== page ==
To spotlight and amplify Muslim American voices, join MALA’s campaign to elevate public dialogue on Muslim-American identity in the 21st Century. In the spirit of this inspiring episode and series, we asked you to share your story with us: what is it really like to be Muslim in America? Selected stories are shared by MALA and National Geographic.
Here, Amina Khan shares her journey to defining her Islamic identity in modern America.
I define myself as an average Muslim-American. High achievements don’t have to specify how valuable I am as a Muslim; but, it’s empowering to know that no one can strip me of my religious identity. The more comfortable people are defaming Muslims, the more comfortable I am magnifying my Islamic identity.
As a Muslim woman who doesn’t wear a hijab, I have never physically felt discriminated against.
In a way, I almost felt like a coward for being sheltered from traumatic experiences Muslim women who wear hijab are accustomed to. However, it made me realize the single narrative of Muslims as Middle-Easterners who wear hijab or who have beards, is often the only narrative fed. Black Muslims, Mexican Muslims, gay Muslims, transgender Muslims, and non-hijabi Muslims do exist. Our narratives and struggle are not the same; my opinions, perspectives, and thoughts are not the same as all Muslims. But, Muslim-Americans have faced discrimination long before 9/11. Muslims are being slaughtered by ISIS, too. To deny our right to be in this country is un-American. The label ‘Muslim’ seems to cloud the fact that we are all ordinary people achieving normal things.
The first time I felt my Islamic identity was a threat, was when my first trip to Turkey landed me on FBI’s Terrorist Screening Database. I was told to change my name, since it was the only thing labeling me as a Muslim. At that time, Islam was not something I felt attached towards, but to strip my religious identity to be considered ‘American’ hit a cord.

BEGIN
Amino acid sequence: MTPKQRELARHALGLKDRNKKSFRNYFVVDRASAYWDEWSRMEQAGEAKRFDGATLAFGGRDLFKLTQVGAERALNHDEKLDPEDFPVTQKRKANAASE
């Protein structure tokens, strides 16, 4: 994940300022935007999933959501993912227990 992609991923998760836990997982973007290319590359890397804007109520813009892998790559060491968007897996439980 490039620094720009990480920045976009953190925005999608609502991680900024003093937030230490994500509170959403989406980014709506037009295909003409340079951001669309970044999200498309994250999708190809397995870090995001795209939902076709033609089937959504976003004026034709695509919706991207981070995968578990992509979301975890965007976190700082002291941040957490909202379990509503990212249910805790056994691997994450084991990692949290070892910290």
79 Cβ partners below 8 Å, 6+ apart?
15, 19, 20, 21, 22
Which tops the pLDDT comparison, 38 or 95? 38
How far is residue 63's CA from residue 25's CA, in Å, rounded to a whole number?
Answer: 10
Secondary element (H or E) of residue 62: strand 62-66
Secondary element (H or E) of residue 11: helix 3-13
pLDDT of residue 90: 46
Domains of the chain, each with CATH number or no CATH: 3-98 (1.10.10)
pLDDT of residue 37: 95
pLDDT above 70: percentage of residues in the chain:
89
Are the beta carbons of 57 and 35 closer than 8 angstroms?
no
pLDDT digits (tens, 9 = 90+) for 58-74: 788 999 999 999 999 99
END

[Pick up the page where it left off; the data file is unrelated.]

I began to evolve my identity by praying more and learning about Islam in a spiritual way which helped me maintain serenity in my mental and emotional state. People are quick to tell Muslims what Islam is, but almost never to ask Muslims what Islam means to them.
As an aspiring journalist, I felt I was going to face obstacles being a Muslim and a woman. At the same time, I didn’t want to get hired as a journalist under the limitations of being a “token Muslim;” apparently, people are afraid we’ll be too ‘outspoken.’ Towards the end of my junior year in college, I applied to a local city magazine for an internship, not truly believing I would get an offer given the hierarchy of diversity in Dallas. I was brutally honest in my application about what it’s like to be a Muslim-American and why it’s important to let us define our narratives instead of others. Little did I know I would get three offers.
My internship at D Magazine has encouraged me to take the full opportunity and discuss topics that most people are afraid to touch. I had a chance to showcase different narratives within the Muslim community in North Texas, and I took it. From vintage fashion buyers to former NFL players partaking social activism, I hoped to illustrate the eclectic Muslim community.
Was I getting paid for this? No. I just wanted to connect with local Muslim-Americans and tell their unique story, to reflect different Muslims on a global scale. My religious identity does not speak for the entirety of the Muslim community.
I am just one story out of billions.